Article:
BEIRUT/DAMASCUS: Syrian government aircraft targeted two suburbs of the capital on Monday using crude “barrel bombs,” as President Bashar Assad said his forces were engaged in a fight against extremist Islam.
Assad also called for a battle against the political and religious ideology embraced by the Saudi government, a backer of the uprising against his regime.
The comments came amid ongoing tensions between the two countries, which fiercely oppose each other.
Assad said that extremist thought “distorts the real Islam, which is tolerant,” state news agency SANA said.
“He underlined the role of men of religion, especially those from the Levant, in confronting” ideas that were alien to Syrian society, the agency said.
Assad’s remarks during a meeting with a religious delegation from Lebanon come a day after Saudi Arabia’s King Abdullah accused the Syrian leader of “destroying his country.”
The monarch, who was hosting French President Francois Hollande, also accused Assad of having attracted Islamic extremists to Syria.
Groups affiliated with and loyal to Al-Qaeda are now among those fighting on the ground against Assad’s government, although some members of the opposition accuse the hard-liners of being in league with the regime, to defeat mainstream rebel groups.
The Britain-based Syrian Observatory for Human Rights said that regime aircraft dropped barrel bombs on the Damascus suburbs of Adra, a day after several thousand people were evacuated from the area, and Daraya, where government troops were accused of killing several hundred people last year.
Civilian activists posted video footage of the bombings. The footage could not be independently confirmed, and there were no reports of casualties in the raids.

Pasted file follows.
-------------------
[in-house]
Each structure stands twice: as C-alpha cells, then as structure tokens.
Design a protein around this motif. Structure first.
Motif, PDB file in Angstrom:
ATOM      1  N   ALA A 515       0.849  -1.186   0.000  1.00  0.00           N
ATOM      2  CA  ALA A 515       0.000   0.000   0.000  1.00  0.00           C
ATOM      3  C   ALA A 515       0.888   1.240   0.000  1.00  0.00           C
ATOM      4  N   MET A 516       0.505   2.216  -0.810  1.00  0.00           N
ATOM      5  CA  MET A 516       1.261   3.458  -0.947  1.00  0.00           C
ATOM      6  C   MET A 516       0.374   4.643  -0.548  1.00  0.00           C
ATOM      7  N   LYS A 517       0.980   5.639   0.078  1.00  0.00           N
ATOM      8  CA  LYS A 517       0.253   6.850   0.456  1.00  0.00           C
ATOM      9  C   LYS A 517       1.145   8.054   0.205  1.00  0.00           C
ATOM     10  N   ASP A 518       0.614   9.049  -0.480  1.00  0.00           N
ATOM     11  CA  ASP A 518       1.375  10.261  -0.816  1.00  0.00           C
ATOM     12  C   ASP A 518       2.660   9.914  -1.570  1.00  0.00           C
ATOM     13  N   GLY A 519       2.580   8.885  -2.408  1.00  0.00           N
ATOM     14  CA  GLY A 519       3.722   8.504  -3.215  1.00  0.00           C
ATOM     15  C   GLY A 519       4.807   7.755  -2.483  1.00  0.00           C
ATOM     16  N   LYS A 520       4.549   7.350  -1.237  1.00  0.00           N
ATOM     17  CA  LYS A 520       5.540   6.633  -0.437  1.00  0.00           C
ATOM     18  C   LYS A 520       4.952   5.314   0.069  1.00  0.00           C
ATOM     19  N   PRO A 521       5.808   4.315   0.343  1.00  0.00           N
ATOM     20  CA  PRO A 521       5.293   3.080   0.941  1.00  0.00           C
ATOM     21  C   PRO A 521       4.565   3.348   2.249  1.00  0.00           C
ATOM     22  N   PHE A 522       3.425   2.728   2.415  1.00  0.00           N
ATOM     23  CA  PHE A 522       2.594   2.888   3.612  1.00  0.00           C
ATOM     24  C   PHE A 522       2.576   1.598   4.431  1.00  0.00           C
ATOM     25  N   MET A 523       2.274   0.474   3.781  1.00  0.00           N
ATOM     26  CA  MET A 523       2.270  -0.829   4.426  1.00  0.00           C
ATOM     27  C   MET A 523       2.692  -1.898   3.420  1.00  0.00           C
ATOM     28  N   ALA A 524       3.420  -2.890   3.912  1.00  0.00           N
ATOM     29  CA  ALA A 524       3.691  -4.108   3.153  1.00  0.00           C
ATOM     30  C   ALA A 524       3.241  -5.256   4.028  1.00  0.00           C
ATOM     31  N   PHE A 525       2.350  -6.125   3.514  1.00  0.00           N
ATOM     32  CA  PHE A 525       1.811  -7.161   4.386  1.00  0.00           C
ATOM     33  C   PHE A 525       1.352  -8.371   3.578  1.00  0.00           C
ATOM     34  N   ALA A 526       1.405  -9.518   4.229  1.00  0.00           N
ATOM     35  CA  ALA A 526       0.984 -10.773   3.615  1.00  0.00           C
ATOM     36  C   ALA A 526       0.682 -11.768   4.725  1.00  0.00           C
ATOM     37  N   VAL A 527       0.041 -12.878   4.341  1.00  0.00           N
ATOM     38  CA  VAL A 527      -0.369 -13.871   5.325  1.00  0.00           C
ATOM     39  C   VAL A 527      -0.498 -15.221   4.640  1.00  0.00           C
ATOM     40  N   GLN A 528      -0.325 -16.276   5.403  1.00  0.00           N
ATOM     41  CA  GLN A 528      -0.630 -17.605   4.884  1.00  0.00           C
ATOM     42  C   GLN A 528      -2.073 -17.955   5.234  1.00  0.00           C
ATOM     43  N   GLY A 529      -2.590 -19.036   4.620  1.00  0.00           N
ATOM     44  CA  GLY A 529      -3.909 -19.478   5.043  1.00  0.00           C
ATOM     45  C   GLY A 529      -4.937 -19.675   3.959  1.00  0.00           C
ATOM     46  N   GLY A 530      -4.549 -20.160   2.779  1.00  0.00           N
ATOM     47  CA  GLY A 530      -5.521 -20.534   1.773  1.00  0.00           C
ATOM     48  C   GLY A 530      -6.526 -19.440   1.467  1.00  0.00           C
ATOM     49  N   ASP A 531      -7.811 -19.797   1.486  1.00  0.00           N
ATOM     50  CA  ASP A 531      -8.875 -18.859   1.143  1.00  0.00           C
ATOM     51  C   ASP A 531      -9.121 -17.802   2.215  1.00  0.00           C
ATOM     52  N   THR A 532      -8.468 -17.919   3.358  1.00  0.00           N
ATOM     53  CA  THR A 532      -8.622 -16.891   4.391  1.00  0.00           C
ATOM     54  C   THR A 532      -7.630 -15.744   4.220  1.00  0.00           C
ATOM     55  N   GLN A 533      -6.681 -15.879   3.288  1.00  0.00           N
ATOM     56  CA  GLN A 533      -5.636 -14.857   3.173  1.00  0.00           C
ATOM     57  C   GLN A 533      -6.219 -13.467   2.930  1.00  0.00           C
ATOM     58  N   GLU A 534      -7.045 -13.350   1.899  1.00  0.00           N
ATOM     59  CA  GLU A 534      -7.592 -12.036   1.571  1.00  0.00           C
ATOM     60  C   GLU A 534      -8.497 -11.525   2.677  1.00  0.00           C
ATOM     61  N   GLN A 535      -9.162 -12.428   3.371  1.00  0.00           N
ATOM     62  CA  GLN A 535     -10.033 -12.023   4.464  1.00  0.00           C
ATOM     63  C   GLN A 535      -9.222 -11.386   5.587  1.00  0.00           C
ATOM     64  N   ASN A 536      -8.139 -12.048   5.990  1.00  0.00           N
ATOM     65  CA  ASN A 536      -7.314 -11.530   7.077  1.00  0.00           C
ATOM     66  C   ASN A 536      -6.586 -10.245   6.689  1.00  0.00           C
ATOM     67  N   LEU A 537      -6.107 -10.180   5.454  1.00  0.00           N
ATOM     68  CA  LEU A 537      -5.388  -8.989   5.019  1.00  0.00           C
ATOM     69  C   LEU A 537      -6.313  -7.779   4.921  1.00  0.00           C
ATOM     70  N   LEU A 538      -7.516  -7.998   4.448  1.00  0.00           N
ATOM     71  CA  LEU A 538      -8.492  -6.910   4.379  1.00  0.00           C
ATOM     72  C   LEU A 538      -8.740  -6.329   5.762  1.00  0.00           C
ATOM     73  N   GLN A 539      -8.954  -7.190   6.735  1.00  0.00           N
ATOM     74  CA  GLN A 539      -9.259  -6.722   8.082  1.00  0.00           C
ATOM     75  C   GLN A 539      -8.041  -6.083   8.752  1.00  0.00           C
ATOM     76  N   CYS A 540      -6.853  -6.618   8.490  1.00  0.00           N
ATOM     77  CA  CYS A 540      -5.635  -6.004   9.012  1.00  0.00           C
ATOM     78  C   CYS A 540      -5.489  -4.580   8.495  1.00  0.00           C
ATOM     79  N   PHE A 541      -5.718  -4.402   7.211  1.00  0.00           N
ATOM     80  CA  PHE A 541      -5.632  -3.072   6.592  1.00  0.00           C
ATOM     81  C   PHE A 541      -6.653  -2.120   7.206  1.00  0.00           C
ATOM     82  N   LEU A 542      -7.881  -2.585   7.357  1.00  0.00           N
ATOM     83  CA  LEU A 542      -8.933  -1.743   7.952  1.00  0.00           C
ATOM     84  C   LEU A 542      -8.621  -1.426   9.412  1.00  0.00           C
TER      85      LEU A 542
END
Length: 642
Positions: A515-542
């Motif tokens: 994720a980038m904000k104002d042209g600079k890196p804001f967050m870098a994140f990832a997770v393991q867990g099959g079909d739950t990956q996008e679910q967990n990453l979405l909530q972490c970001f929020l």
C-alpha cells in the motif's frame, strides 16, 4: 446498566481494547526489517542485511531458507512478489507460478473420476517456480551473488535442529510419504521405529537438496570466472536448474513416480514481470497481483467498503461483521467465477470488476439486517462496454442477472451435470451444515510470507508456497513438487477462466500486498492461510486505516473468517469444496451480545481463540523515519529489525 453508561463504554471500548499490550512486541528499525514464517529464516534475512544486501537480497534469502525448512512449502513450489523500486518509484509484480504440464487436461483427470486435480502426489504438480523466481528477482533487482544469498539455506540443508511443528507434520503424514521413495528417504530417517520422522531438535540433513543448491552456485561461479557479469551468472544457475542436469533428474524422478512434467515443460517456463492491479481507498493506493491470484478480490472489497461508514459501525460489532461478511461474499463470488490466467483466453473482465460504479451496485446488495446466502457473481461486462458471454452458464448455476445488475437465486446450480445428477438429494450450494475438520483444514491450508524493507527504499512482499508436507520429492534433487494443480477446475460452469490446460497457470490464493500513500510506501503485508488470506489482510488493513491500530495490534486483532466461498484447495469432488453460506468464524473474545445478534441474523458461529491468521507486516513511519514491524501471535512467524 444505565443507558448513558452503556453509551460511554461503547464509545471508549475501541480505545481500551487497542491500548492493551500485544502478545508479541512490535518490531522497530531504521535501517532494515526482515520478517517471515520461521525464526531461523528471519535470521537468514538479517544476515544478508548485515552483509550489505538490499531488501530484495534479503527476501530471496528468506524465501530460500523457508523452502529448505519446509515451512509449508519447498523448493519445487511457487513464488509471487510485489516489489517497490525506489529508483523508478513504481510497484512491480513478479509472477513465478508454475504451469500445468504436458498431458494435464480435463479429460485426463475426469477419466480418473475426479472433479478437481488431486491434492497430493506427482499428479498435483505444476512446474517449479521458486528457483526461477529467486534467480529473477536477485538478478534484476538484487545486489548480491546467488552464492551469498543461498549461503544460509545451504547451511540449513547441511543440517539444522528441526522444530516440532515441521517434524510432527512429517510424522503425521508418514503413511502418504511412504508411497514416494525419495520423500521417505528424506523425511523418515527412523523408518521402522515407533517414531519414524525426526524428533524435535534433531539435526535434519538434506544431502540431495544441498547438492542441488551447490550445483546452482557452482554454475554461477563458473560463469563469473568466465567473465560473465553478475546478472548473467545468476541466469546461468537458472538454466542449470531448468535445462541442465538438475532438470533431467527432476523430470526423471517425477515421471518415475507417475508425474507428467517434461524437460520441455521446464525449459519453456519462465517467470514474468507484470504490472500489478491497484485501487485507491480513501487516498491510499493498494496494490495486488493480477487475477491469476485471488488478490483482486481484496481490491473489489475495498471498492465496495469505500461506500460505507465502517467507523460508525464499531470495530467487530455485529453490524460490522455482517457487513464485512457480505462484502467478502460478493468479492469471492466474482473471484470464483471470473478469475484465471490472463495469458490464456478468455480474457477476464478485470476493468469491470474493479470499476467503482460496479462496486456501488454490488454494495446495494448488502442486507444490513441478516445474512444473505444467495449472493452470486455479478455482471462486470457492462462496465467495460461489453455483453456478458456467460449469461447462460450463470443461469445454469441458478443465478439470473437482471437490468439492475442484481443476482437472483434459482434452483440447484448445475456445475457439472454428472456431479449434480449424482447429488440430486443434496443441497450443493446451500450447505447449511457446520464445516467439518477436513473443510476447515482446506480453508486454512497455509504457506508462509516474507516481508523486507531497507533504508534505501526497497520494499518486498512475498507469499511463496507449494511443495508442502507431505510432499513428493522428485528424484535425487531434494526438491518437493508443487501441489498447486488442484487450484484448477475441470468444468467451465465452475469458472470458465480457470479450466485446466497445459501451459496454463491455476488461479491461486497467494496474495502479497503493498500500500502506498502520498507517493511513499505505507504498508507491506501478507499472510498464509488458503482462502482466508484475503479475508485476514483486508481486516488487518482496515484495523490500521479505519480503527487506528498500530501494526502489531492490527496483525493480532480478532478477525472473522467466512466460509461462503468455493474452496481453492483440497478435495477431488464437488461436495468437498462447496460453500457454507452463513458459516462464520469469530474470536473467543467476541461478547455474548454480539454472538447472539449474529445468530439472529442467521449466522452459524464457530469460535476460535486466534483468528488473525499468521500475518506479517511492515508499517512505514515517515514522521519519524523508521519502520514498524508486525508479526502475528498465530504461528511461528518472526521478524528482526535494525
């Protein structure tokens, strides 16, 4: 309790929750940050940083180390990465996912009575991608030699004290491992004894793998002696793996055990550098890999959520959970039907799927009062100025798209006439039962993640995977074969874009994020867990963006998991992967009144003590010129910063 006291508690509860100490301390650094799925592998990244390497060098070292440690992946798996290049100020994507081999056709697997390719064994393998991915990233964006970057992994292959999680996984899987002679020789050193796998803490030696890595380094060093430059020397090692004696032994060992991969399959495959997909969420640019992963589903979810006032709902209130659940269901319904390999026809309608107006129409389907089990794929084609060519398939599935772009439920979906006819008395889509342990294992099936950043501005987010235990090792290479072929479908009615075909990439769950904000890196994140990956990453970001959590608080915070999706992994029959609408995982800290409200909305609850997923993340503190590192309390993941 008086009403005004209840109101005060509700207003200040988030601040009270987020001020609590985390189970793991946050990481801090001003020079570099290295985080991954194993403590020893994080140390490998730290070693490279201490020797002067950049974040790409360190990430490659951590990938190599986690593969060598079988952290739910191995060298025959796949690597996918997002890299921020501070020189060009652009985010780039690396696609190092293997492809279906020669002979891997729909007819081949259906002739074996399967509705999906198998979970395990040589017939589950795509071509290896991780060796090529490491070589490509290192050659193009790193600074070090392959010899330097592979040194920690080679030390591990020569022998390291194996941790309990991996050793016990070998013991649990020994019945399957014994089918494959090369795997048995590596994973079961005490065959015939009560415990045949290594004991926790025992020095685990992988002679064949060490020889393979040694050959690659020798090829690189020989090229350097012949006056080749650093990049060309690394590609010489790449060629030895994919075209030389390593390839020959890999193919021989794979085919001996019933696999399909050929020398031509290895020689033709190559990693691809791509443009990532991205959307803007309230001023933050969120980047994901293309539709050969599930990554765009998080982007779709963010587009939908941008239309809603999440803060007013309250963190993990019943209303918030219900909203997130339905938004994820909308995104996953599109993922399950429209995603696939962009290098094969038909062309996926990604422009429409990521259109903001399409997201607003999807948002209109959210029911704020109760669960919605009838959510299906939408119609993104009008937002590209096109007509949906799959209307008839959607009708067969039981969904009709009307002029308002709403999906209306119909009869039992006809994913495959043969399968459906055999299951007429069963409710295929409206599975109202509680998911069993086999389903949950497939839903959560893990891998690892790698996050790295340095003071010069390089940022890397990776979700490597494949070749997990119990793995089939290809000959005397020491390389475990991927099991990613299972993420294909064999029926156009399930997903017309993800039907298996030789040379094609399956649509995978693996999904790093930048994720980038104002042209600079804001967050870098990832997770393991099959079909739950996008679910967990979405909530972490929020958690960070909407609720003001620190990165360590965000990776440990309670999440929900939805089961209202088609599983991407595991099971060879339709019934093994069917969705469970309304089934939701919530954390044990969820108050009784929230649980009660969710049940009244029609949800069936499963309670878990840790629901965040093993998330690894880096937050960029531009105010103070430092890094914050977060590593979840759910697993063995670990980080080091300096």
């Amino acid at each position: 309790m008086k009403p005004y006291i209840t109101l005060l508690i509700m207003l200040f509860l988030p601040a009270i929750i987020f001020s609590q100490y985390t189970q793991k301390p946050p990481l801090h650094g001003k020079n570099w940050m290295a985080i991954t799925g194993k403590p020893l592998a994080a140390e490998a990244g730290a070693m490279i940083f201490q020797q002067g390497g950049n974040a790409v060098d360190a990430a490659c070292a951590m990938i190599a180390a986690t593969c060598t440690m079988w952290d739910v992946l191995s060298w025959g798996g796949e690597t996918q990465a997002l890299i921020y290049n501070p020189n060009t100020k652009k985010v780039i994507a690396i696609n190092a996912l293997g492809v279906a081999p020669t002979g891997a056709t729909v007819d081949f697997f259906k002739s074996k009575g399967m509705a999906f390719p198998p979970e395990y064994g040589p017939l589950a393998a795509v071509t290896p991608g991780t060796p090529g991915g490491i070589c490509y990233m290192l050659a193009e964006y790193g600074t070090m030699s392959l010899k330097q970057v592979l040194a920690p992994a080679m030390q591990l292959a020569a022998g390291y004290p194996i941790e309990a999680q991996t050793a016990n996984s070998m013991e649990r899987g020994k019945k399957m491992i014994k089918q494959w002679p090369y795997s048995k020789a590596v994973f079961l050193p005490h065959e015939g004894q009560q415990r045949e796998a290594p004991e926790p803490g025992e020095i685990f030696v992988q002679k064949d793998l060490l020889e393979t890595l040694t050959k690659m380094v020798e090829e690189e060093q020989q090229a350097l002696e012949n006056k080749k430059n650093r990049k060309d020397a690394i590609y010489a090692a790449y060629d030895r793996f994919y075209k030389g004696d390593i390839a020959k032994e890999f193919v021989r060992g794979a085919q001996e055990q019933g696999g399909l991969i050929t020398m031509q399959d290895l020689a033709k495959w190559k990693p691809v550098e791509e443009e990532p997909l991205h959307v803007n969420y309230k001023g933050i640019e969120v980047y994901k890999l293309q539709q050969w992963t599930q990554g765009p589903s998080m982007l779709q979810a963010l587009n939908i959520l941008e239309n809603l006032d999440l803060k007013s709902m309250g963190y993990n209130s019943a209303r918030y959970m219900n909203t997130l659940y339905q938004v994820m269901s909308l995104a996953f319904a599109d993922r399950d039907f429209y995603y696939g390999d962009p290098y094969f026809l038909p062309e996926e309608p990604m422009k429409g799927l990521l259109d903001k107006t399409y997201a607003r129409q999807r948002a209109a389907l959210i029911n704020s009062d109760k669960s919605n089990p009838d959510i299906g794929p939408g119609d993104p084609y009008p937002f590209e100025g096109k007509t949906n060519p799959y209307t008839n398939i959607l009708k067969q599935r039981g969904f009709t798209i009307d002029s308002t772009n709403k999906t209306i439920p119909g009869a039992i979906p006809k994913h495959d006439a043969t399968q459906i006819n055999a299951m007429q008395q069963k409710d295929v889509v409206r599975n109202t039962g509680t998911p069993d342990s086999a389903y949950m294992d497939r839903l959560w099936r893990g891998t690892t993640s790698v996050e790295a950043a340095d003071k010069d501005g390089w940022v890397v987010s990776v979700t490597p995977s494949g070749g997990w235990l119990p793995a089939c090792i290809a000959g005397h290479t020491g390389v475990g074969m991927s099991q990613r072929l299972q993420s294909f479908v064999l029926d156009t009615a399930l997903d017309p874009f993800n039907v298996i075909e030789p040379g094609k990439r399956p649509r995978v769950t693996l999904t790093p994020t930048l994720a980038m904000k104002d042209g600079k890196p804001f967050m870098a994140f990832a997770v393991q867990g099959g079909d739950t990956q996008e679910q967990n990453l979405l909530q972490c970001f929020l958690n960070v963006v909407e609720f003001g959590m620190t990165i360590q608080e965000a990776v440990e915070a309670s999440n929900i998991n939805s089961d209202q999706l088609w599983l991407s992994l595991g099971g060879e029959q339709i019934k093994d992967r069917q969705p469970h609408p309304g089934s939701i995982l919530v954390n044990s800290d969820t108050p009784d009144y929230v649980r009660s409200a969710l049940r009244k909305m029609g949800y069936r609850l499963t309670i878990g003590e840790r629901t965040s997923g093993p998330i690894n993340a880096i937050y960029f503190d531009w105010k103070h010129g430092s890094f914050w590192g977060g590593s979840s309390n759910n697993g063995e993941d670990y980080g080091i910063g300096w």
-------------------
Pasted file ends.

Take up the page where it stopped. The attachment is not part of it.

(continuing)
The northern province of Aleppo has been the target of two weeks of attacks, often involving barrel bombs, killing hundreds of people.
At least 31 people were killed around the country, according to the Local Coordinating Committees, a network of activists based inside Syria. Eleven of the casualties were reported in Damascus and surrounding areas, the group said.
Fierce clashes between were also reported in half a dozen parts of the country, such as Aleppo, Damascus, Deraa, Hama and Deir al-Zor.
The Observatory said Sunday’s death toll stood at 137 people, among them 99 fighters on both sides, in a sign of the heavy fighting taking place.
In the northeast province of Hassakeh, the Observatory said that Kurdish fighters managed to seize another village from the Islamic State of Iraq and Greater Syria, an al-Qaeda affiliate. The Kurdish militia the PYD, which has often fought anti-regime rebels, has taken a string of villages from Islamist groups in the northeast in recent weeks.